Bruce McKaig has been making photographs for over thirty years, living and traveling in Europe, North and South America, Siberia, and India. His photography involves meticulous processes that often produce one-of-a-kind pieces, working with chance elements of surprise and exploring techniques as diverse as pinhole photography, ambient light images, stereo photography, hand colored images and digital animations. His photographs are in museum collections in the USA, France, and Guatemala. He has been awarded private and public grants from the city of Paris and Washington DC and has participated in over thirty solo and two hundred group exhibitions since 1979. He regularly lectures and writes on photography and teaches at The Smithsonian Residents, The Corcoran College of Art and Design, Georgetown University, and at the Capitol Hill Arts Workshop in Washington D.C., where he currently lives. His website is www.brucemckaig.com.
Photography fascinates me because of how well it can show what something doesn’t look like. The slow emulsions of early photographic processes turn Paris and London into ghost towns, void of people and all transient activity: nothing to do with what either city ever looked like. Eddie Adams’ photograph of General Loan executing a man in Vietnam freezes the action after the bullet enters and before it exits the victim’s head. That bullet entered Nguyen Van Lem’s head nearly forty years ago and in Adam’s photograph, it still rests there: nothing to do with what the execution looked like. In my family’s vacation photos, we are all lined up shoulder-to-shoulder in front of some point of interest (or the station wagon): nothing to do with what the vacation was, solely how the vacation was photographed.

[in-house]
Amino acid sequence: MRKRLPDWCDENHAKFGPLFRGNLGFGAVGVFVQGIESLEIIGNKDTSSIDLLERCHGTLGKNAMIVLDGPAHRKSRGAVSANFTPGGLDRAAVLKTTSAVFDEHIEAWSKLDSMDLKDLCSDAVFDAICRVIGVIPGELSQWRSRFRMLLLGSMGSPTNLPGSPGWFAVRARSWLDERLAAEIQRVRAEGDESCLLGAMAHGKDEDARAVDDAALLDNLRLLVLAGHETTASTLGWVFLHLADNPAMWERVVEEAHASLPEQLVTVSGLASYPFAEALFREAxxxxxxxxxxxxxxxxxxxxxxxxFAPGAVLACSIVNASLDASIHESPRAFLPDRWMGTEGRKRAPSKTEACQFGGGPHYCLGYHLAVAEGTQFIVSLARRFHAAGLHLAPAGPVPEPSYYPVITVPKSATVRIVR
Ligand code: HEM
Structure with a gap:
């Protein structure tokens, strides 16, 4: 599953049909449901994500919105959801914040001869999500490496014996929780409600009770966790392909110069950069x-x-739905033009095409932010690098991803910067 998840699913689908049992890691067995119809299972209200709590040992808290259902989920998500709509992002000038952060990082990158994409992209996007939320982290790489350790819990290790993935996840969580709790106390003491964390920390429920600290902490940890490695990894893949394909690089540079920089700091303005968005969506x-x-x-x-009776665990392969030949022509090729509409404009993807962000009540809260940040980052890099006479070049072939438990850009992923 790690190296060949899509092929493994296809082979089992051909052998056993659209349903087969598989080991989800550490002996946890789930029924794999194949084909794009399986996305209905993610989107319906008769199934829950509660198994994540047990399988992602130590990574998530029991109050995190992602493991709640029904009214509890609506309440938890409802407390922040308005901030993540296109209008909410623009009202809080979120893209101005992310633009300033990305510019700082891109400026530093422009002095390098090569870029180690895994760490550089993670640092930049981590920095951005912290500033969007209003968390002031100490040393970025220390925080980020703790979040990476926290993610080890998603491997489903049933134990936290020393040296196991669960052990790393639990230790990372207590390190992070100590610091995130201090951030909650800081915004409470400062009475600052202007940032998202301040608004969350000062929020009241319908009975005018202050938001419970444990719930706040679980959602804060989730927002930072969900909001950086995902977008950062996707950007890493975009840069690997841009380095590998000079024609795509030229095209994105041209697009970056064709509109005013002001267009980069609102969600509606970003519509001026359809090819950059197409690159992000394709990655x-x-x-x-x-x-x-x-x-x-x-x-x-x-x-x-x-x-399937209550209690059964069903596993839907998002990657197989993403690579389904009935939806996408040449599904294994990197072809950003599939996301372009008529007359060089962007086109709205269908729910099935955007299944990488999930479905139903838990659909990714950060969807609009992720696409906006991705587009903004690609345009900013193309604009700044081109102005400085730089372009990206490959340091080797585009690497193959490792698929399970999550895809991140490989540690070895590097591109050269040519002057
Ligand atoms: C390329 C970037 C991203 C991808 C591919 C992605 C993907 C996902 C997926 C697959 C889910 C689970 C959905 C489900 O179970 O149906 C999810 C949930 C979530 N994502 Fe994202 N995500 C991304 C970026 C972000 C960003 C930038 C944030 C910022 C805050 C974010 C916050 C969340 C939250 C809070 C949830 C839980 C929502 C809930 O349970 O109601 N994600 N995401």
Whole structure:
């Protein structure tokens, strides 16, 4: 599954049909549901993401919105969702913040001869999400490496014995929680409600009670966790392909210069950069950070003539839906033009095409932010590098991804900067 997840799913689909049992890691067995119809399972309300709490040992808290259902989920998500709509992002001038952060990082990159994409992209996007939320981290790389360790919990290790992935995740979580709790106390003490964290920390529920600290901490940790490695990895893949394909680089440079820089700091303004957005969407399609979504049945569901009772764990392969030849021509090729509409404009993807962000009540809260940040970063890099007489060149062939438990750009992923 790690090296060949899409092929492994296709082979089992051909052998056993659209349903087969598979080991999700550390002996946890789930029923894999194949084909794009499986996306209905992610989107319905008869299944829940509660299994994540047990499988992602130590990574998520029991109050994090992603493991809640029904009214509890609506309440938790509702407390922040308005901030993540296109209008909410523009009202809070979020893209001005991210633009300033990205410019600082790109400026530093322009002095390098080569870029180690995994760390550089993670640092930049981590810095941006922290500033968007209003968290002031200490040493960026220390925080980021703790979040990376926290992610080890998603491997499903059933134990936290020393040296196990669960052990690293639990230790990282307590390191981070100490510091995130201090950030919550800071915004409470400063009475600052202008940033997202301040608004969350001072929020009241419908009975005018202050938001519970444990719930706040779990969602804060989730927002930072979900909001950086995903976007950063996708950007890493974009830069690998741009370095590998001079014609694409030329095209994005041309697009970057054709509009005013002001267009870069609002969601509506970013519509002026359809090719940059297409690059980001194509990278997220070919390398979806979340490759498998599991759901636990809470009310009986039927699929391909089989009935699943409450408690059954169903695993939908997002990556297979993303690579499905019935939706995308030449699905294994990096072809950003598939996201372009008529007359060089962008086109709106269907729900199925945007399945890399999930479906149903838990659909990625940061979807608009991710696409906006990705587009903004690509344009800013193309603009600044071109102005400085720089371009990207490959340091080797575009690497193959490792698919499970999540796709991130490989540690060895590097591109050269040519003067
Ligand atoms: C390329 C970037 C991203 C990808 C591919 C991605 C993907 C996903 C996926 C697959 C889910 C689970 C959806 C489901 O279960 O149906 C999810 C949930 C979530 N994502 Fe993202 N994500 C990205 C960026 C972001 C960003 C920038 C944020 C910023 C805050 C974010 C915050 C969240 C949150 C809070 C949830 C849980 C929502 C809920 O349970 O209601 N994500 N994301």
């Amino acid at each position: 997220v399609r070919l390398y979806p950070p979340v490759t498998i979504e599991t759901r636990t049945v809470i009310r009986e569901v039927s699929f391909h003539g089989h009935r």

I am more curious to see what a photograph can be than what a photograph can be of, exploring direct and unrepeatable experiences. I am attracted to meticulous processes that embrace elements of chance surprise and usually produce one-of-a-kind results. I am trying to discover more than control and consider photography itself my principle subject matter. Most photographs successfully avoid the truth and fascinate me because their lies are so plausible. This is material photography, as in materialism: the theory that physical matter is the only or fundamental reality and all being, processes and phenomena can be explained as manifestations of matter.
Published in 2002, Lyle Rexer's book Photography's Antiquarian Avant-garde situates my work with other contemporary and historical photographers working in both mystical and material ways, "letting the chemistry of the emulsion register chance and time, turning Talbot's ‘pencil of nature’ into a paintbrush."